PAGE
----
Feeds:
Posts
Comments

Posts Tagged ‘OSSTF’

OnlineLearningChildTeacher

A draft Ministry of Education document, leaked to the Toronto Globe and Mail on March 24, 2021, has, once again, stirred the pot in the volatile Ontario education debate over expanding online learning courses. After a year of school shutdowns and off-and-on online learning, the document revealed that Education Minister Stephen Lecce was considering legislation to make “remote learning” a “permanent part” of the K-12 public system.

News that online learning was here to stay was hardly earth-shaking, but it aroused the usual fears of a ‘hidden agenda’ at Ontario’s Queen’s Park. Was it a way of promoting and advancing “parent choice” or the thin edge of the wedge leading to “privatization’ of public education?  Whatever the motivation, the online learning “boogeyman” was back, a year after the first round of controversy, cut-short by COVID-19 and the abrupt transition to emergency home learning.

Minister Lecce seized the high ground in confirming that online learning would continue in post pandemic times. Keeping schools open for in-person schooling would remain the priority, but plans were afoot to ensure that, in September 2021, parents would be given the opportunity to enroll their children in “full-time synchronous remote learning.” In post-pandemic education, online learning would continue to be utilized to ensure “continuity of learning,” to “mitigate learning loss,” and to provide students with access to a wider range of courses.

Ontario’s teacher union leaders reacted as expected, slamming the move, and especially the absence of any prior consultation with frontline educators. “The move to virtual learning was never intended to be permanent: it was a temporary measure intended to deliver emergency instruction during a global health crisis,” claimed Sam Hammond, President of the Elementary Teachers’ Federation of Ontario (ETFO). The proposed plan would, he charged, “ negatively affect students, increase inequalities, lower standards…and put us one step closer to the privatization of public education.” Ontario Secondary School Federation president Harvey Bischof was more measured in his criticism, but asked to see evidence that online learning worked to the benefit of students.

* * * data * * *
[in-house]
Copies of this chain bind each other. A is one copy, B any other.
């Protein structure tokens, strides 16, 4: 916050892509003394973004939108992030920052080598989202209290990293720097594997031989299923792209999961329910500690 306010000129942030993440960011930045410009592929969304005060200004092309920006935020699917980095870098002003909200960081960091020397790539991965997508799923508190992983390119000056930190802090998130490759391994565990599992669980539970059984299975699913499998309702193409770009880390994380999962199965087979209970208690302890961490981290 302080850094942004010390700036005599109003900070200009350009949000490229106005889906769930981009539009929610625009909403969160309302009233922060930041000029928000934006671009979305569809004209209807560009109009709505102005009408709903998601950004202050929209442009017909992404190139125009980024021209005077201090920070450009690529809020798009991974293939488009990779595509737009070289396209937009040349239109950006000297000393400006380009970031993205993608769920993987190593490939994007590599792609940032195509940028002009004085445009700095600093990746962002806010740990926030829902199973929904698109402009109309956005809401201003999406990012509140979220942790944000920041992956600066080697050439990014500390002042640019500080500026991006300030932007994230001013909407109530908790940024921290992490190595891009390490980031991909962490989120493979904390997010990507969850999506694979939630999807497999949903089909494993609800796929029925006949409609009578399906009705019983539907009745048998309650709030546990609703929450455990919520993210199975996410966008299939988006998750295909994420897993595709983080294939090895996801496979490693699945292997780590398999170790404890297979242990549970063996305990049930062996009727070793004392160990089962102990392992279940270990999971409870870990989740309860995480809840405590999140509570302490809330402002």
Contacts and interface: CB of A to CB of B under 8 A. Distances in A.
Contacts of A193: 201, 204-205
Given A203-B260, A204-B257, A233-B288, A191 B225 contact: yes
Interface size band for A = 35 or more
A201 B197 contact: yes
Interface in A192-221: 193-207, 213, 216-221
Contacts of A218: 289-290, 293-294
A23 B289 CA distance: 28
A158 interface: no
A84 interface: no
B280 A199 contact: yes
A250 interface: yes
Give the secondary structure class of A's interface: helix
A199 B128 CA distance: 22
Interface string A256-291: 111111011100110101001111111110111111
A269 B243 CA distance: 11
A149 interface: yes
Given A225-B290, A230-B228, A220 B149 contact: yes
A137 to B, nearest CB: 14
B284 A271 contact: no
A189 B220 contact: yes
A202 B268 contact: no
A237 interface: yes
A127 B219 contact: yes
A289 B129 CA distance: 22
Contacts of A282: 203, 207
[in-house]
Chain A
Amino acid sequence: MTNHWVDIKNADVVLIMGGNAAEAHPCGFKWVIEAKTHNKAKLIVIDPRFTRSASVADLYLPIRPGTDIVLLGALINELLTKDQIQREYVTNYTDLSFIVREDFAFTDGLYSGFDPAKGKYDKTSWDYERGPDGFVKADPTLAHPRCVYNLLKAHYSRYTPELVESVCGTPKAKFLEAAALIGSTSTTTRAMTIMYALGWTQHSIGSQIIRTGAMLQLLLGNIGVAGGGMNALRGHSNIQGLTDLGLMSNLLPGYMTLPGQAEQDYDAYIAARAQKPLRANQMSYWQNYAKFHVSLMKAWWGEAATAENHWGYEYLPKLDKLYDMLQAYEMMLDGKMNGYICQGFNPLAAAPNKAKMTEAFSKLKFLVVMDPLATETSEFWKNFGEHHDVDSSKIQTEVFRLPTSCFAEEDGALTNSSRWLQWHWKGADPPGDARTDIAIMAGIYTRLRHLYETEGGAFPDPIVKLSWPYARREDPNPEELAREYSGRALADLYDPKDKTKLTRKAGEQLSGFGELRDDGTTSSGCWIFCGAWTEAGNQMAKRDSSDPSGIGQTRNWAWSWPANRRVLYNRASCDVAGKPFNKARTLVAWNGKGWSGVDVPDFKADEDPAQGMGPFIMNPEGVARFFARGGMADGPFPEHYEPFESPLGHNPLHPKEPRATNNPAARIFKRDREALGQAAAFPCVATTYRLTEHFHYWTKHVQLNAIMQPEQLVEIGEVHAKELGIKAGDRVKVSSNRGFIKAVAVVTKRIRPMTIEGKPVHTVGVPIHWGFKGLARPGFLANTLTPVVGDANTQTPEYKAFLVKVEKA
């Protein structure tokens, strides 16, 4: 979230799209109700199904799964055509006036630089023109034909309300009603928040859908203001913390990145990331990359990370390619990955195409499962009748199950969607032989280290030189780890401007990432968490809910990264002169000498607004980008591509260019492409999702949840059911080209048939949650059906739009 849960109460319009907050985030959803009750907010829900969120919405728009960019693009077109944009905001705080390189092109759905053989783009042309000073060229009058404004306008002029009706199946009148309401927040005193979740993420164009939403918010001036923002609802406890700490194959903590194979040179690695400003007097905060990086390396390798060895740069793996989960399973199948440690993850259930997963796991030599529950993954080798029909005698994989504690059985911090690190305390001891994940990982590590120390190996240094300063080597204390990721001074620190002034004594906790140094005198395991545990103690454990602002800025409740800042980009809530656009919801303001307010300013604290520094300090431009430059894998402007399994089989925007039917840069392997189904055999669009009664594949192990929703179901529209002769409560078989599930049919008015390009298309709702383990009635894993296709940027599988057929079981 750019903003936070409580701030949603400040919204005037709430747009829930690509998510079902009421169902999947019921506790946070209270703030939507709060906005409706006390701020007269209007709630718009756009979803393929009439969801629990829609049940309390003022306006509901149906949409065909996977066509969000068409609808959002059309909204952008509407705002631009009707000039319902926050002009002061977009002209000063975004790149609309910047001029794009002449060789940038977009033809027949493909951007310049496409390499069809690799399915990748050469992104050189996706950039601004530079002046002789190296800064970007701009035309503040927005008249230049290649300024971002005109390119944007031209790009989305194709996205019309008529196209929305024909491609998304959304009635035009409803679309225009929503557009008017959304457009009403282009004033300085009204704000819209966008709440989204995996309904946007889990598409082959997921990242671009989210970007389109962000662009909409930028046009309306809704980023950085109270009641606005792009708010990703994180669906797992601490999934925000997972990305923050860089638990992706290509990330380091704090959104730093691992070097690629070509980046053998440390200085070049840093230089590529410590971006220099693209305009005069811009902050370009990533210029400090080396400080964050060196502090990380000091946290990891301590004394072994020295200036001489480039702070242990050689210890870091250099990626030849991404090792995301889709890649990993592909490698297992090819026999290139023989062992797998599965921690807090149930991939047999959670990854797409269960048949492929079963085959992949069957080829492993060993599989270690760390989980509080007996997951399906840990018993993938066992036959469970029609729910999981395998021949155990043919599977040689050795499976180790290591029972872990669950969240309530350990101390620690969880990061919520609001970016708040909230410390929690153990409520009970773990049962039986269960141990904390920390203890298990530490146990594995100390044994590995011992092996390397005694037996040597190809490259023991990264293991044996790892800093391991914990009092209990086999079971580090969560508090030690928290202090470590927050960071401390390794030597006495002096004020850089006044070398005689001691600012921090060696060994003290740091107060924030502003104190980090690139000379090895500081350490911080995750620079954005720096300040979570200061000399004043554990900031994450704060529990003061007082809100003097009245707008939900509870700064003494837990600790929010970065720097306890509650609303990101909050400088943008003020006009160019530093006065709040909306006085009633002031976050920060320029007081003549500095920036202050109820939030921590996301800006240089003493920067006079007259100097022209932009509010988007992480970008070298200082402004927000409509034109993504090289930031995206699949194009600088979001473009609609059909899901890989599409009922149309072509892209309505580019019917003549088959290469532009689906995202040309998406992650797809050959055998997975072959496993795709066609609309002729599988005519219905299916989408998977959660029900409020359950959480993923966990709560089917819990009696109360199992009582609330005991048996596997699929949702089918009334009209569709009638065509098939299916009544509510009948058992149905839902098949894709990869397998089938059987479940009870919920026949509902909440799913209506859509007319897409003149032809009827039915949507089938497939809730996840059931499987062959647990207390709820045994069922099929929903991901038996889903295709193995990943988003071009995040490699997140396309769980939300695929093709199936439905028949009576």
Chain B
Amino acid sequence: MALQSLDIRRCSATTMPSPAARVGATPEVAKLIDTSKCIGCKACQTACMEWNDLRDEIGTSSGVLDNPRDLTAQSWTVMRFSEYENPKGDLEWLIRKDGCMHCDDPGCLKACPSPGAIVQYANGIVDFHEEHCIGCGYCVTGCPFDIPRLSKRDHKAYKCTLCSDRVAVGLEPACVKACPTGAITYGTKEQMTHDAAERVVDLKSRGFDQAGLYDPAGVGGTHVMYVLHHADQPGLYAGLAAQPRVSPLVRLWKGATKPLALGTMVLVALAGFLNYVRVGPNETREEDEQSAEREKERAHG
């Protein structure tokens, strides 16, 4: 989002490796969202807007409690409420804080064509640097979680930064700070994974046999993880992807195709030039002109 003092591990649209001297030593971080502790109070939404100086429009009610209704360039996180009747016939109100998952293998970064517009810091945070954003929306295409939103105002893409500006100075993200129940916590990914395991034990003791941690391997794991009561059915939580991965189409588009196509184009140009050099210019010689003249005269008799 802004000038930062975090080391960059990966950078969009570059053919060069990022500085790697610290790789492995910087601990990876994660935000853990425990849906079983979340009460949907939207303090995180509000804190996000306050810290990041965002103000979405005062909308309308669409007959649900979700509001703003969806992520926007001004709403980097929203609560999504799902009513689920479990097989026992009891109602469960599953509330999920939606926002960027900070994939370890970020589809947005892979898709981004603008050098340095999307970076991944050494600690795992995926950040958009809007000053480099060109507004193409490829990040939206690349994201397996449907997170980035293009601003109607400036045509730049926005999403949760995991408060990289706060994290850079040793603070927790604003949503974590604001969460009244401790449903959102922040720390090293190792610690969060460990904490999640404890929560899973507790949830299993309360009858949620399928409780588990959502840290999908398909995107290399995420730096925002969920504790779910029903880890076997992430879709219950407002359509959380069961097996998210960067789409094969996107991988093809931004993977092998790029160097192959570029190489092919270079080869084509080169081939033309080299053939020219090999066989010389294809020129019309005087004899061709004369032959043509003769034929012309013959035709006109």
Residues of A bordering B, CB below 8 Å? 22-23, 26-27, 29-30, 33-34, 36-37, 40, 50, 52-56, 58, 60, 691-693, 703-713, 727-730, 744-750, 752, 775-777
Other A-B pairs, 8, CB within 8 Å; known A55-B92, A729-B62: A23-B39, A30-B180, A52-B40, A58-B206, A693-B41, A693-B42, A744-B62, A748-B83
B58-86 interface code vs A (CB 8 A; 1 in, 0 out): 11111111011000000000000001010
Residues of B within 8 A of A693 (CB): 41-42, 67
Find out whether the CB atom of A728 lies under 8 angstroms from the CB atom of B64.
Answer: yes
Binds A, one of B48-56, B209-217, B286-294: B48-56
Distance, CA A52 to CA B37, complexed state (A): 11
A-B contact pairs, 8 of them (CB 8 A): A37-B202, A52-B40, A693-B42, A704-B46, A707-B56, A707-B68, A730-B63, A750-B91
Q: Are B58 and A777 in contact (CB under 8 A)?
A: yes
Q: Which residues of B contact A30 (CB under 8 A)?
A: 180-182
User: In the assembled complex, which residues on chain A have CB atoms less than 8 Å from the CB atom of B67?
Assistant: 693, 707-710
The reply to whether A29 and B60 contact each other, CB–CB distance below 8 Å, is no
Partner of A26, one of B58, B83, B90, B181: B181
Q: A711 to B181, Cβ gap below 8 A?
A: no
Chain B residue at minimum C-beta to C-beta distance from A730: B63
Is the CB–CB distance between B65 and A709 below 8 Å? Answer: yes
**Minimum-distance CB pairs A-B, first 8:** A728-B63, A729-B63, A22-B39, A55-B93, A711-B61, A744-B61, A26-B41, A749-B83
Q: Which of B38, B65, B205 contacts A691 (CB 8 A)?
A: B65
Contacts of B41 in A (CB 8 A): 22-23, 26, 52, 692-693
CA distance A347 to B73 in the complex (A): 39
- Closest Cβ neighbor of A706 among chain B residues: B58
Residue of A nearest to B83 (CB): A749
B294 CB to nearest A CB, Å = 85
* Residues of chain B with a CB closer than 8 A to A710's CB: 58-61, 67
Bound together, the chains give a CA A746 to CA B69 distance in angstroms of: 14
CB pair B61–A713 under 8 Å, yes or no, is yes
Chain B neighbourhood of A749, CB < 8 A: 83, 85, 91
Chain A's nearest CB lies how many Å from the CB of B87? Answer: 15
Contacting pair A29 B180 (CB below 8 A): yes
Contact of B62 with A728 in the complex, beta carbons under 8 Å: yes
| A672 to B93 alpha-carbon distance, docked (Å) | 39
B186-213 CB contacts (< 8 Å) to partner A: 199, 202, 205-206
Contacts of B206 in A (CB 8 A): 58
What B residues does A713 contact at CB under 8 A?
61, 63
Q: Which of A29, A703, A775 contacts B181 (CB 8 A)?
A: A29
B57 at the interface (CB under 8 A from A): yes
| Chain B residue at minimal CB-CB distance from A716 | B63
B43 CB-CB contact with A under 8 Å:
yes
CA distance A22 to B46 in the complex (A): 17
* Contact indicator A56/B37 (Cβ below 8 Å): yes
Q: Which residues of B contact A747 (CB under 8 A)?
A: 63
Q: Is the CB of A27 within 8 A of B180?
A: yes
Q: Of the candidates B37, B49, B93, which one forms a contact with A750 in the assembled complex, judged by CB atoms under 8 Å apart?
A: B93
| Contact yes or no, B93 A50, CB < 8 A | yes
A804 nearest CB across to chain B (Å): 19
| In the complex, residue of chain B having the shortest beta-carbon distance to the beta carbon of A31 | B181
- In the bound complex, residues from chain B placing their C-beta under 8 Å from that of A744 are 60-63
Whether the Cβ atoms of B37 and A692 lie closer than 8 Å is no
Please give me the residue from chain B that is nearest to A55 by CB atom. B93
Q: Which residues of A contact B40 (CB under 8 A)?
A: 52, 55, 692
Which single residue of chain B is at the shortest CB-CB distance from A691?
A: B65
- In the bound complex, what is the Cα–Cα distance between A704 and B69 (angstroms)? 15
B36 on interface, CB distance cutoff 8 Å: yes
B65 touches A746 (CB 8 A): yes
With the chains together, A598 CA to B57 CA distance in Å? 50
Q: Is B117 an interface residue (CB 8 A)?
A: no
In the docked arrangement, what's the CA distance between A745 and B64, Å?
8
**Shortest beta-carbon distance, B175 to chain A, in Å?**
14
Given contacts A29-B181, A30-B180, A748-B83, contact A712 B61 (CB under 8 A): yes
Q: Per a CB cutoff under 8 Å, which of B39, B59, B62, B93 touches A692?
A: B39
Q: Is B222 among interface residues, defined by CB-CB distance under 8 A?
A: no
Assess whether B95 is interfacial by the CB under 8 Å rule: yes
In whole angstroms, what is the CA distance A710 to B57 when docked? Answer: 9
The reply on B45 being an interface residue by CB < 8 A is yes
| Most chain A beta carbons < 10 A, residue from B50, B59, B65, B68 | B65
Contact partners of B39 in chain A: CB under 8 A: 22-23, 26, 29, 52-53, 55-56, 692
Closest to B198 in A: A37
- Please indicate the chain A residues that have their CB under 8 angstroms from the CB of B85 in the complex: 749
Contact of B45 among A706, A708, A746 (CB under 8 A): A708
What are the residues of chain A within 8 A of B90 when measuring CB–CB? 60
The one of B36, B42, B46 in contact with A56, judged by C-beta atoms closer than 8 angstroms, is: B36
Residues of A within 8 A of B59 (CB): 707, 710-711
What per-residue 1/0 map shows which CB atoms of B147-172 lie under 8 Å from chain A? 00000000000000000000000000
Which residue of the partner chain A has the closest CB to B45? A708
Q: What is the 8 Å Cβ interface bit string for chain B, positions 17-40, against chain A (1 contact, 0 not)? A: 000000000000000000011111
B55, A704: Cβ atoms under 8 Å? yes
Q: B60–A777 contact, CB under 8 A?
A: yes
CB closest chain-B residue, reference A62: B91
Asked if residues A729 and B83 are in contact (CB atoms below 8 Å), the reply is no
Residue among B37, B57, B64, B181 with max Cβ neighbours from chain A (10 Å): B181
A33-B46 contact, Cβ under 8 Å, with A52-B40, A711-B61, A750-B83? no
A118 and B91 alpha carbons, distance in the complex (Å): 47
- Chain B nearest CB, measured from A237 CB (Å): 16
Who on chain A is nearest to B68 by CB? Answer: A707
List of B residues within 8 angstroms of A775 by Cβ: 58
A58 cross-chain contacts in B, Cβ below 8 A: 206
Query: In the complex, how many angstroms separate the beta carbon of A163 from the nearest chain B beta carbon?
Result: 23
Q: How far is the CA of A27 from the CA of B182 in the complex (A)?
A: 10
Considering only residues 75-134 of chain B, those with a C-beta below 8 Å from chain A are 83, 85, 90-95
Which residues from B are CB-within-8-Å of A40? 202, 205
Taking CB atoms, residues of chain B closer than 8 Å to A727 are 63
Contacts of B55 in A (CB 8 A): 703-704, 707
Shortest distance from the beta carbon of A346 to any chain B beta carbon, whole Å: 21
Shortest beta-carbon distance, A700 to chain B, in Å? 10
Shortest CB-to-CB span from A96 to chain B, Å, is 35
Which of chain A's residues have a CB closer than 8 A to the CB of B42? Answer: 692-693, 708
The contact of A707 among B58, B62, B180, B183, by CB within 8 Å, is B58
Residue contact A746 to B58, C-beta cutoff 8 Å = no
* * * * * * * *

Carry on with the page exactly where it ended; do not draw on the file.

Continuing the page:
The online genie is out of the bottle and will not likely ever be contained or rationed as a supplement to regular programs again. In the case of Ontario, some 400,000 of the province’s 2 million students or 20 per cent have experienced online learning during the 2020-21 school year. While regular in-person learning is far superior for most students, there’s a good argument to be made for expanding course offerings online.

Integrating online courses into the regular program makes good sense, knowing what we now do about the potential for mass disruptions affecting in-class learning time. The final revenge of COVID-19 may strike again, and having an implementable e-learning plan will be part of all future strategic planning in public health and K-12 education. With the capacity to offer comparable virtual learning, for short periods, it’s hard to justify repeated snow day school closures or shutting down operations for a whole range of calamities, including hurricanes, floods, windstorms, boiler meltdowns, or seasonal flu epidemics.

What the Ontario government was proposing back in 2018-19 looks quite different in the light of the COVID-19 educational disruption. The initial Doug Ford government plan to require high school students to complete four online courses from Grades 9 to 12 provoked a firestorm of opposition. It was eventually scaled-back to 2 courses required for graduation. Three courses suggested as online offering possibilities were good ones, Grade 10 career choices, Grade 11 biology, and Grade 12 data management.